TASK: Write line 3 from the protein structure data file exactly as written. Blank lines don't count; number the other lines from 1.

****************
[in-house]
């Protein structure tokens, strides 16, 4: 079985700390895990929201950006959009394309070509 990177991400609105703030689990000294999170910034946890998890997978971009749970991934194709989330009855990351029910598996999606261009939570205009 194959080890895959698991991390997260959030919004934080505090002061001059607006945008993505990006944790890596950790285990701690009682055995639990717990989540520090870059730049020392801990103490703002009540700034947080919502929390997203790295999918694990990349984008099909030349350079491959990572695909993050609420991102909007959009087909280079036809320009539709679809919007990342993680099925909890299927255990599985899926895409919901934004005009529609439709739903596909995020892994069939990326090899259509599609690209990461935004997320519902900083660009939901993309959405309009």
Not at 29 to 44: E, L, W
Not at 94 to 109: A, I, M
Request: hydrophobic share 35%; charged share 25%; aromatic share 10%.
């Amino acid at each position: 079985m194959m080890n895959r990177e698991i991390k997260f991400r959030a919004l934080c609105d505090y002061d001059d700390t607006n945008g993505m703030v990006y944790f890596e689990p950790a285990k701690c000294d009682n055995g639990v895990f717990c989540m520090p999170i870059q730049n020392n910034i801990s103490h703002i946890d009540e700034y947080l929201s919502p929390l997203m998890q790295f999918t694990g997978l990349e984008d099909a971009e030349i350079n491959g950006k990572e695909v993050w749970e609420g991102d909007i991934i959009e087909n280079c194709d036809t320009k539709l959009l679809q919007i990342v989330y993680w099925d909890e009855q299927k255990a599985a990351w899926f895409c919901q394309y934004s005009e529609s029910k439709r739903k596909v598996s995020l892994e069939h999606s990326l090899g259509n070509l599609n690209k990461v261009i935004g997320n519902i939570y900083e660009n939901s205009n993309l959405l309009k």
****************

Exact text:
Not at 29 to 44: E, L, W